``````julia> using LoopVectorization

julia> lvtranspose!(B, A) = @turbo B .= A'
lvtranspose! (generic function with 1 method)

julia> A = randn(1000,2000); B = similar(A');

julia> @benchmark transpose!(\$B, \$A)
BenchmarkTools.Trial: 195 samples with 1 evaluation.
Range (min … max):  4.929 ms …   8.182 ms  ┊ GC (min … max): 0.00% … 0.00%
Time  (median):     5.007 ms               ┊ GC (median):    0.00%
Time  (mean ± σ):   5.131 ms ± 390.928 μs  ┊ GC (mean ± σ):  0.00% ± 0.00%

▅█▄▃▁▁▁
██████████▆▆▄▁▆▄▁▁▄▁▁▄▁▄▁▄▁▁▁▁▁▁▁▁▁▁▄▁▁▁▁▁▁▁▁▁▁▁▁▁▁▁▁▁▁▁▁▁▄ ▄
4.93 ms      Histogram: log(frequency) by time      7.46 ms <

Memory estimate: 0 bytes, allocs estimate: 0.

julia> @benchmark lvtranspose!(\$B, \$A)
BenchmarkTools.Trial: 478 samples with 1 evaluation.
Range (min … max):  2.050 ms …  2.349 ms  ┊ GC (min … max): 0.00% … 0.00%
Time  (median):     2.071 ms              ┊ GC (median):    0.00%
Time  (mean ± σ):   2.082 ms ± 38.207 μs  ┊ GC (mean ± σ):  0.00% ± 0.00%

▁▄▆██▇▆▄▁▂  ▁
▅███████████▇█▅▆▄▆▆▅▄▆▄▄▁▄▁▆▅▄▄▄▅▁▁▄▄▄▁▁▄▁▄▄▁▁▄▁▁▁▅▄▄▁▁▁▁▄ ▇
2.05 ms      Histogram: log(frequency) by time     2.27 ms <

Memory estimate: 0 bytes, allocs estimate: 0.
``````
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Yes, we’ve had this since 2014, from WIP: cache oblivious linear algebra algorithms by Jutho · Pull Request #6690 · JuliaLang/julia · GitHub

That being said, in principle you can do better at avoiding cache-associativity conflicts by doing tiling with a buffer; FFTW switched to this following Gatlin and Carter (1999). Portability to different cache sizes is less of an issue here because out-of-place matrix transposition has no temporal locality (each memory location is accessed exactly once), so it’s all about optimizing for cache lines (spatial locality).

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I wanted to try throwing off the strides, so that they aren’t multiples of cacheline sizes:

``````julia> using LinearAlgebra, LoopVectorization, BenchmarkTools

julia> for N = 1000:1008
A = rand(N, 1000+N); B = similar(A');
println("N = \$N:")
print("transpose!:    ")
@btime transpose!(\$B, \$A)
print("@turbo B .= A':")
@btime @turbo \$B .= \$A'
end
N = 1000:
transpose!:      4.904 ms (0 allocations: 0 bytes)
@turbo B .= A':  2.044 ms (0 allocations: 0 bytes)
N = 1001:
transpose!:      4.970 ms (0 allocations: 0 bytes)
@turbo B .= A':  2.551 ms (0 allocations: 0 bytes)
N = 1002:
transpose!:      4.957 ms (0 allocations: 0 bytes)
@turbo B .= A':  2.377 ms (0 allocations: 0 bytes)
N = 1003:
transpose!:      5.098 ms (0 allocations: 0 bytes)
@turbo B .= A':  2.360 ms (0 allocations: 0 bytes)
N = 1004:
transpose!:      5.008 ms (0 allocations: 0 bytes)
@turbo B .= A':  2.147 ms (0 allocations: 0 bytes)
N = 1005:
transpose!:      4.970 ms (0 allocations: 0 bytes)
@turbo B .= A':  2.293 ms (0 allocations: 0 bytes)
N = 1006:
transpose!:      5.050 ms (0 allocations: 0 bytes)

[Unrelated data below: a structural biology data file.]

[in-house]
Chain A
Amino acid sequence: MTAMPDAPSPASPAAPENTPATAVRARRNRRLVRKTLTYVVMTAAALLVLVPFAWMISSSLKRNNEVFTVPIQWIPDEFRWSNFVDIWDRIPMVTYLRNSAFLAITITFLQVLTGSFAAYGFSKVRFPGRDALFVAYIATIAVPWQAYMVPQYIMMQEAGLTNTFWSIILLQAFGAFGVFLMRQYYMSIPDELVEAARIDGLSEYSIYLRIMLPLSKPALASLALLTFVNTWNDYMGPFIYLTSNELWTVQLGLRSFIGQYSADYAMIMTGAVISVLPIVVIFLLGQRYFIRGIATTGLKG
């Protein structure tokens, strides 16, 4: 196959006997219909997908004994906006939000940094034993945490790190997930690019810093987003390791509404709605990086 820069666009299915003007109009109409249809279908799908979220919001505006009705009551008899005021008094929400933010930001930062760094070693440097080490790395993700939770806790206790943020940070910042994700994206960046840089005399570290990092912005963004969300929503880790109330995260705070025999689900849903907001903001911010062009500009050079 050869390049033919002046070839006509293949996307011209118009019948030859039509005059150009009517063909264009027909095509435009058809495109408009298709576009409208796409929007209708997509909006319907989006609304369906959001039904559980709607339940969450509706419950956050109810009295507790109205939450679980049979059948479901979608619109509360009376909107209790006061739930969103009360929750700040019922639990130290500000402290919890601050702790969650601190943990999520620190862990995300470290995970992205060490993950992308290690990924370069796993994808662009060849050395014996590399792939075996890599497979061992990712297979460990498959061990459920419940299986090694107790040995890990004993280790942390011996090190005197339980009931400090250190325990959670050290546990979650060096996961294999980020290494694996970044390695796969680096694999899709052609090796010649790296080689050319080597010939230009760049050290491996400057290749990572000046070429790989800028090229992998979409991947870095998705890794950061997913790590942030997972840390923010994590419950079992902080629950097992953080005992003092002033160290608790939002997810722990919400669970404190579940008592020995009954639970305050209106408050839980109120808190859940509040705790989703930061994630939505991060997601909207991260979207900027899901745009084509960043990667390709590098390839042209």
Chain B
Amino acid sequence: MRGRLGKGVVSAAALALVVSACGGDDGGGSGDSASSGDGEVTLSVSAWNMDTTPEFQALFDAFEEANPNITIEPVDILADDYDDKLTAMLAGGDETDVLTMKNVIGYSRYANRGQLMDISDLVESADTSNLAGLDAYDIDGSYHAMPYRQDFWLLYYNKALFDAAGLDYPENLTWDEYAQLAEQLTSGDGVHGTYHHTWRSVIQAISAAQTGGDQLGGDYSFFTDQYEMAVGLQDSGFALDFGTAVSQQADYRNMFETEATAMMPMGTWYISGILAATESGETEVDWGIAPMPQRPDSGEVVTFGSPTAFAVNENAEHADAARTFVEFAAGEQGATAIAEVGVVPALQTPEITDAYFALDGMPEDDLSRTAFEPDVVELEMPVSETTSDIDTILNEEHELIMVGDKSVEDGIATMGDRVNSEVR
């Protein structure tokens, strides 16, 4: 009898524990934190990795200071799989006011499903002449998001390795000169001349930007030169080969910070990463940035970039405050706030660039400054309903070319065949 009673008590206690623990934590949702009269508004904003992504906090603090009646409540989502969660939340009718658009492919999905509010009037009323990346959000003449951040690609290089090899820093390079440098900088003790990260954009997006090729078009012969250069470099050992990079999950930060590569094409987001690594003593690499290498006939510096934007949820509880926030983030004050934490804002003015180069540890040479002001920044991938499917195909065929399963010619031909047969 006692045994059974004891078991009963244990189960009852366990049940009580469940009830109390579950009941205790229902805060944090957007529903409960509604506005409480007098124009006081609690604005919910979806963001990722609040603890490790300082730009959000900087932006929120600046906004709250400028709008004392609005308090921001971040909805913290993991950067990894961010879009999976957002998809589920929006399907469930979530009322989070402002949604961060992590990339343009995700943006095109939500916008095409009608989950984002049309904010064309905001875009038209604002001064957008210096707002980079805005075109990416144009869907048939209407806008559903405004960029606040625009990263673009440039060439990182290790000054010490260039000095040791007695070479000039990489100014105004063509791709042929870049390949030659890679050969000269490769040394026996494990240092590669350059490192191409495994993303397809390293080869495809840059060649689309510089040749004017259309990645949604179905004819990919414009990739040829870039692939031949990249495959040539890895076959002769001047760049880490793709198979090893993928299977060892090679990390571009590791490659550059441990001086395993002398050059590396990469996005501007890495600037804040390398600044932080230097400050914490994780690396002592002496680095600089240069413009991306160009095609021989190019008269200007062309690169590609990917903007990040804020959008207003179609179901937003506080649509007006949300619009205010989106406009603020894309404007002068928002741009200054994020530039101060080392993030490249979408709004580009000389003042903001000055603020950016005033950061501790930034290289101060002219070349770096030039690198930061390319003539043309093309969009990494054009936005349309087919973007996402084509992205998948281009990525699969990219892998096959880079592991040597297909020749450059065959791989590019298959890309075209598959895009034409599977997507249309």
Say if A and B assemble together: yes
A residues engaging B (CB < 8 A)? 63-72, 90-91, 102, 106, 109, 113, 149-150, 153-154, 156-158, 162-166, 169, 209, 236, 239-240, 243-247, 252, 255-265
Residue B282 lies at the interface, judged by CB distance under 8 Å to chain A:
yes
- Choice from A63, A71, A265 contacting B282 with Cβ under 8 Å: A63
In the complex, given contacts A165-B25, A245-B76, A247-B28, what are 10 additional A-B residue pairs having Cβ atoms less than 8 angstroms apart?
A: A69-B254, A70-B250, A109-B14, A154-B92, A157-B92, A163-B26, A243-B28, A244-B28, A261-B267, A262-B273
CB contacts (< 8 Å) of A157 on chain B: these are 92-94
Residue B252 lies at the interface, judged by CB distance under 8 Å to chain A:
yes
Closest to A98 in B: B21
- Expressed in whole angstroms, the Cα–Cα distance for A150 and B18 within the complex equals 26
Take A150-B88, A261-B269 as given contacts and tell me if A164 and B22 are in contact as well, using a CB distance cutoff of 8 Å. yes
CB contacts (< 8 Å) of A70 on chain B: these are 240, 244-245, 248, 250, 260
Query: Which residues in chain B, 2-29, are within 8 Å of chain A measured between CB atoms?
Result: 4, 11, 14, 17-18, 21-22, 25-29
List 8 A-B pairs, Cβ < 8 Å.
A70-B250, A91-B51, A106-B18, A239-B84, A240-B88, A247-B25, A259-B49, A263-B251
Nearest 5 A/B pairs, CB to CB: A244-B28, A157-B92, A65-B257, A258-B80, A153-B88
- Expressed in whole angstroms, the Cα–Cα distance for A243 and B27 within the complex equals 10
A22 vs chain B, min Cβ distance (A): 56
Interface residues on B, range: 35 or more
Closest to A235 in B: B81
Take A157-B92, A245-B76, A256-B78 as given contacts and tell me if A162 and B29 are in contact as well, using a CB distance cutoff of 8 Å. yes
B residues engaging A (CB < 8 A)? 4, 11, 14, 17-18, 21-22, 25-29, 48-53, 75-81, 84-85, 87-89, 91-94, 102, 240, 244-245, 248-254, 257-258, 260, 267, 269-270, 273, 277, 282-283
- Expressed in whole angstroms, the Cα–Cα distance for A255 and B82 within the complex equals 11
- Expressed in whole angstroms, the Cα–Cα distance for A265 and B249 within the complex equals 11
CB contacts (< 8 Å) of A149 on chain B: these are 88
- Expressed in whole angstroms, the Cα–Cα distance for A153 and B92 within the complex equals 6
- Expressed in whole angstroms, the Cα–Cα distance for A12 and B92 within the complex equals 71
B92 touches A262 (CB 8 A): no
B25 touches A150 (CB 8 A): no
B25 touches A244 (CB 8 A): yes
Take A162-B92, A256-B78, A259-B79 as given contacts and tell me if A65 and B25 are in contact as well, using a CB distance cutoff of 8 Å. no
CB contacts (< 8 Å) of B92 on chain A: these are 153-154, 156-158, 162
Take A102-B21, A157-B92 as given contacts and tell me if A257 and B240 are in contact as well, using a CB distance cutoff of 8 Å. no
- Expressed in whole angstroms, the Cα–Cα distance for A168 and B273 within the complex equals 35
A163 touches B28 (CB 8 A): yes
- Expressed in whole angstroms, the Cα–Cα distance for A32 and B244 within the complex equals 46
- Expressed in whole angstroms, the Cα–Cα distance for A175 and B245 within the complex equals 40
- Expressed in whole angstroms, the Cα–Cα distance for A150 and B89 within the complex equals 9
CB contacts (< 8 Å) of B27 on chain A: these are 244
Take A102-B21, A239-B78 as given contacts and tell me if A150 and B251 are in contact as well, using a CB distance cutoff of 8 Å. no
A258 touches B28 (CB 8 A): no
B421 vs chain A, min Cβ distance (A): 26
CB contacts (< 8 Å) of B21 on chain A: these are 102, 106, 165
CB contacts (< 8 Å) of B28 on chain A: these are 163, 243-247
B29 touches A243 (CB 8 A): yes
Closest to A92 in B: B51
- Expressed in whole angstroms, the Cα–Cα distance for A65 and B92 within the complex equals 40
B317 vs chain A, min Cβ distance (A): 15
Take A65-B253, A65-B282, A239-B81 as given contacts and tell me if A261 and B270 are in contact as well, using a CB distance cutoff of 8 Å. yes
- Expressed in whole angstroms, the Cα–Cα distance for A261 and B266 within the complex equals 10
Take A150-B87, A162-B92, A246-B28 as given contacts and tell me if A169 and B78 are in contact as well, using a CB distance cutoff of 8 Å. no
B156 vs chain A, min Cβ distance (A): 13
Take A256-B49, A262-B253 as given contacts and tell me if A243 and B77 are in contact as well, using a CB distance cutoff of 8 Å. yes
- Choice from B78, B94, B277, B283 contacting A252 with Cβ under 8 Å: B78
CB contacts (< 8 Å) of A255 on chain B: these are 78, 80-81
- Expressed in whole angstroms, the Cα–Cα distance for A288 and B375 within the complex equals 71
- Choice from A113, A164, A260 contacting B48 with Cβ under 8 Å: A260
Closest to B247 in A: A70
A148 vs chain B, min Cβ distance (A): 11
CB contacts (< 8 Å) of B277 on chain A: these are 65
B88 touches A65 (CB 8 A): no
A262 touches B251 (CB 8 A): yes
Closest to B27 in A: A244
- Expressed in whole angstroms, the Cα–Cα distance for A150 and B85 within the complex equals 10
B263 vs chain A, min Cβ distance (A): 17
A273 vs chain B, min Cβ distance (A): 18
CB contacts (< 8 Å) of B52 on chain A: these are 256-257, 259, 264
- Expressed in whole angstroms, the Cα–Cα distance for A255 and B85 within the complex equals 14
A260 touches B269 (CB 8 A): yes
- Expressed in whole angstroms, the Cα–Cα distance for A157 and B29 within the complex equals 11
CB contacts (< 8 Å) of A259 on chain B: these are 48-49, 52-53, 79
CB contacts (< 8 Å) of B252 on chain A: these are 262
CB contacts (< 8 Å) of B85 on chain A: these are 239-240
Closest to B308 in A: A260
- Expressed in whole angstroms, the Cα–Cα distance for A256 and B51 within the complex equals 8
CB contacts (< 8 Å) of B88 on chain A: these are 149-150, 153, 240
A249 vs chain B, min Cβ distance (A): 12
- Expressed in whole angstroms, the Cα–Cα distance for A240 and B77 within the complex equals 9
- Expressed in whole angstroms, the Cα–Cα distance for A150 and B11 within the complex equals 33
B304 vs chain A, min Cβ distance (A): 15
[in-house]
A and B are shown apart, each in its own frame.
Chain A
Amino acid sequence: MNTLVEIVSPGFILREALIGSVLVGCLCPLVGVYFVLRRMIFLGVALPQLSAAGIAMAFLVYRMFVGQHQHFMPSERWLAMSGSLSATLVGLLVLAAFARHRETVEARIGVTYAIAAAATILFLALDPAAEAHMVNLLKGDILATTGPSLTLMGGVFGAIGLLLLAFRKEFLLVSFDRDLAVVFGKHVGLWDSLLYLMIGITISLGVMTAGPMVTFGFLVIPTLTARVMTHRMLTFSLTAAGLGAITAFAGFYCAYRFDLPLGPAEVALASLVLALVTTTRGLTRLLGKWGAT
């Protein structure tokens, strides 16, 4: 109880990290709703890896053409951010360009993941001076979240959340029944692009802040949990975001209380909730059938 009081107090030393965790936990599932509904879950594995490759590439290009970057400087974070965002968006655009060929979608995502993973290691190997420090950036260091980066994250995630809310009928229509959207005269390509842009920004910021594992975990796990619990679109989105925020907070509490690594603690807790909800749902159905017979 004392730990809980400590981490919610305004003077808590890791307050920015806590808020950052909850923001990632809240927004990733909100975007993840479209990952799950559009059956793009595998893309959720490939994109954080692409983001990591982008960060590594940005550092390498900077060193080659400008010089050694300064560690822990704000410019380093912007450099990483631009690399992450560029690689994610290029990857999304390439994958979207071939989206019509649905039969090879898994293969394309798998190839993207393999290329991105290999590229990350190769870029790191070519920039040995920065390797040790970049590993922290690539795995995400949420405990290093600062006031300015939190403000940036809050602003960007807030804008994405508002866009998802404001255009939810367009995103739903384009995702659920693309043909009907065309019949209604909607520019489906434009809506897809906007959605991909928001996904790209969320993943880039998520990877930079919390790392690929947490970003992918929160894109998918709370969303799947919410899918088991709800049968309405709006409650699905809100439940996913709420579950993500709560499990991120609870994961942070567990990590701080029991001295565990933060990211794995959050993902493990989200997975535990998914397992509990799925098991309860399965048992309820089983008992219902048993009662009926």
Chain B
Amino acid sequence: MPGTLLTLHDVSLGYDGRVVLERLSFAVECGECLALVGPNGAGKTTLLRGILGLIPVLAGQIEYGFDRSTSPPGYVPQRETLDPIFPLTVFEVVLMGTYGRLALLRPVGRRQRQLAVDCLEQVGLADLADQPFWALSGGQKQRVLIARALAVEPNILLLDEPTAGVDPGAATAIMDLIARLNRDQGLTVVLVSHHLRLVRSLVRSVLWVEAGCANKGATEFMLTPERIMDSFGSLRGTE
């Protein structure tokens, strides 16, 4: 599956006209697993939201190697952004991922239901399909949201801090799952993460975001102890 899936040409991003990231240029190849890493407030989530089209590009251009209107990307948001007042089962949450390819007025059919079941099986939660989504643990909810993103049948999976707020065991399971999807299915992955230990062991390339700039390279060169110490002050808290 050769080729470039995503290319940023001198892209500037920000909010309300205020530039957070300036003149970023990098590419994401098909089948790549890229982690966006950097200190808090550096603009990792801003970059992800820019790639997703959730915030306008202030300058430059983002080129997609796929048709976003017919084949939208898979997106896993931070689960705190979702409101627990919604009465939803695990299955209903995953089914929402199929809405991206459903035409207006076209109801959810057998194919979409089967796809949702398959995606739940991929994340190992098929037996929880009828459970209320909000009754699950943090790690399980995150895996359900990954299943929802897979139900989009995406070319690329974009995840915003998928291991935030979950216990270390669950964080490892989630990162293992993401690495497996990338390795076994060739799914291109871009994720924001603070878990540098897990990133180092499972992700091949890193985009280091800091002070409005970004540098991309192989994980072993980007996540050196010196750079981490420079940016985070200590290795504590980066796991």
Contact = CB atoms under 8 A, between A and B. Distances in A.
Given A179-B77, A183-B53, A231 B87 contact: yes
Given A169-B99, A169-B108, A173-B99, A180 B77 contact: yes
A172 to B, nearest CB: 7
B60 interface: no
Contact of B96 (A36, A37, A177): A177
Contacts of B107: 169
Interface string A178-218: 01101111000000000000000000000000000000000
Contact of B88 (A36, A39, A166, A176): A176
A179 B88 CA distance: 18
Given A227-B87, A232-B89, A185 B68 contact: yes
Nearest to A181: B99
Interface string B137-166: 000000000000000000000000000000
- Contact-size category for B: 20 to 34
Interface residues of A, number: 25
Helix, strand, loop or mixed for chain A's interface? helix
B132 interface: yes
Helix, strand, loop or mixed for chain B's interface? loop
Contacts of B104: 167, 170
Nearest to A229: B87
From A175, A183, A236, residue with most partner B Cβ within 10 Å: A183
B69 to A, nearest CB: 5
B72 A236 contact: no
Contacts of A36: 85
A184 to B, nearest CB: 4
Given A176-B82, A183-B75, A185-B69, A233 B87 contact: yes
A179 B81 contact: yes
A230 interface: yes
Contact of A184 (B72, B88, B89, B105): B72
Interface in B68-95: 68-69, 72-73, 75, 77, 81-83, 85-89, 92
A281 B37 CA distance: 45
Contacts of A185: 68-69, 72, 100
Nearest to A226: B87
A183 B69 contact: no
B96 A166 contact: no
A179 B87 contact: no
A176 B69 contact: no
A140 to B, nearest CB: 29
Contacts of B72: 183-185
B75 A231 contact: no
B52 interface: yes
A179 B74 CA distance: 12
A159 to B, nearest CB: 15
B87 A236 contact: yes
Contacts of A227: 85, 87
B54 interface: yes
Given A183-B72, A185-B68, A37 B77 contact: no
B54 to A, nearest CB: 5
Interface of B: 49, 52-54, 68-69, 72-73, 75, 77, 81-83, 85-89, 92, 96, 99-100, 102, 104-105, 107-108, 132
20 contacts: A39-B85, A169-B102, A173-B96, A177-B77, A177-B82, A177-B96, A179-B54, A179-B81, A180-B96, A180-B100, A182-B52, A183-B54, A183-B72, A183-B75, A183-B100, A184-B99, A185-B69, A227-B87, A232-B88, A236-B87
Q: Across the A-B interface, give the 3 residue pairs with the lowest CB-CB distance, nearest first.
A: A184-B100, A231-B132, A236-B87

@turbo B .= A':  2.287 ms (0 allocations: 0 bytes)
N = 1007:
transpose!:      5.081 ms (0 allocations: 0 bytes)
@turbo B .= A':  2.348 ms (0 allocations: 0 bytes)
N = 1008:
transpose!:      4.992 ms (0 allocations: 0 bytes)
@turbo B .= A':  1.991 ms (0 allocations: 0 bytes)
``````

LV is using extremely small blocks here with limited unrolling to try and take advantage of cachelines.
It might be that this works best with AVX512, where the extremely small blocks are larger than they would be on other systems.

Here’s what I see on a Ryzen 5 5600x (no AVX512 support)

``````julia> using LinearAlgebra, LoopVectorization, BenchmarkTools

julia> for N = 1000:1008
A = rand(N, 1000+N); B = similar(A');
println("N = \$N:")
print("transpose!:    ")
@btime transpose!(\$B, \$A)
print("@turbo B .= A':")
@btime @turbo \$B .= \$A'
end
N = 1000:
transpose!:      1.172 ms (0 allocations: 0 bytes)
@turbo B .= A':  385.761 μs (0 allocations: 0 bytes)
N = 1001:
transpose!:      1.292 ms (0 allocations: 0 bytes)
@turbo B .= A':  518.490 μs (0 allocations: 0 bytes)
N = 1002:
transpose!:      1.289 ms (0 allocations: 0 bytes)
@turbo B .= A':  484.340 μs (0 allocations: 0 bytes)
N = 1003:
transpose!:      1.227 ms (0 allocations: 0 bytes)
@turbo B .= A':  489.680 μs (0 allocations: 0 bytes)
N = 1004:
transpose!:      1.283 ms (0 allocations: 0 bytes)
@turbo B .= A':  409.850 μs (0 allocations: 0 bytes)
N = 1005:
transpose!:      1.255 ms (0 allocations: 0 bytes)
@turbo B .= A':  501.470 μs (0 allocations: 0 bytes)
N = 1006:
transpose!:      1.309 ms (0 allocations: 0 bytes)
@turbo B .= A':  481.690 μs (0 allocations: 0 bytes)
N = 1007:
transpose!:      1.329 ms (0 allocations: 0 bytes)
@turbo B .= A':  529.760 μs (0 allocations: 0 bytes)
N = 1008:
transpose!:      1.242 ms (0 allocations: 0 bytes)
@turbo B .= A':  401.190 μs (0 allocations: 0 bytes)
``````

It seems to like LoopVectorization’s choices even more than your CPU does.